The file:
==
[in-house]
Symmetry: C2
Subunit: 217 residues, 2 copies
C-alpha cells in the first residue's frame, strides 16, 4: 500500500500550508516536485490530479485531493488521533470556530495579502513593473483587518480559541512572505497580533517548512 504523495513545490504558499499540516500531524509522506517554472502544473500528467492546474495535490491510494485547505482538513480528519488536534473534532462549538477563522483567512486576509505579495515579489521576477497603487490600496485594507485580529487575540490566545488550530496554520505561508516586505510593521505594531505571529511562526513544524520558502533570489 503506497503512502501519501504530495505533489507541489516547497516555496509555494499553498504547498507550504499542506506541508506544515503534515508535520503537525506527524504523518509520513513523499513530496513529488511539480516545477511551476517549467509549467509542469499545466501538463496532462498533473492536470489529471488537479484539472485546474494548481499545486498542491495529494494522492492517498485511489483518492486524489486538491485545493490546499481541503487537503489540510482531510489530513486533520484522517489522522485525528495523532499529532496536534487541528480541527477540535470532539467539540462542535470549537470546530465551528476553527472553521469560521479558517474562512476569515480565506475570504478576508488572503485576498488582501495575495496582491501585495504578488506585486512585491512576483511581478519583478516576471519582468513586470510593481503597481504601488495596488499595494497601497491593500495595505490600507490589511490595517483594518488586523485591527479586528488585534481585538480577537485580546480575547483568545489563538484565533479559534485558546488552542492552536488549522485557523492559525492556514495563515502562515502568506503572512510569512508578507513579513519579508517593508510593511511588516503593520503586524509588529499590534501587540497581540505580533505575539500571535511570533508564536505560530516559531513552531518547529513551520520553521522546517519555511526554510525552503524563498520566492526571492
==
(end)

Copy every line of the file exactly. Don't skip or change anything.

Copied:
[in-house]
Symmetry: C2
Subunit: 217 residues, 2 copies
C-alpha cells in the first residue's frame, strides 16, 4: 500500500500550508516536485490530479485531493488521533470556530495579502513593473483587518480559541512572505497580533517548512 504523495513545490504558499499540516500531524509522506517554472502544473500528467492546474495535490491510494485547505482538513480528519488536534473534532462549538477563522483567512486576509505579495515579489521576477497603487490600496485594507485580529487575540490566545488550530496554520505561508516586505510593521505594531505571529511562526513544524520558502533570489 503506497503512502501519501504530495505533489507541489516547497516555496509555494499553498504547498507550504499542506506541508506544515503534515508535520503537525506527524504523518509520513513523499513530496513529488511539480516545477511551476517549467509549467509542469499545466501538463496532462498533473492536470489529471488537479484539472485546474494548481499545486498542491495529494494522492492517498485511489483518492486524489486538491485545493490546499481541503487537503489540510482531510489530513486533520484522517489522522485525528495523532499529532496536534487541528480541527477540535470532539467539540462542535470549537470546530465551528476553527472553521469560521479558517474562512476569515480565506475570504478576508488572503485576498488582501495575495496582491501585495504578488506585486512585491512576483511581478519583478516576471519582468513586470510593481503597481504601488495596488499595494497601497491593500495595505490600507490589511490595517483594518488586523485591527479586528488585534481585538480577537485580546480575547483568545489563538484565533479559534485558546488552542492552536488549522485557523492559525492556514495563515502562515502568506503572512510569512508578507513579513519579508517593508510593511511588516503593520503586524509588529499590534501587540497581540505580533505575539500571535511570533508564536505560530516559531513552531518547529513551520520553521522546517519555511526554510525552503524563498520566492526571492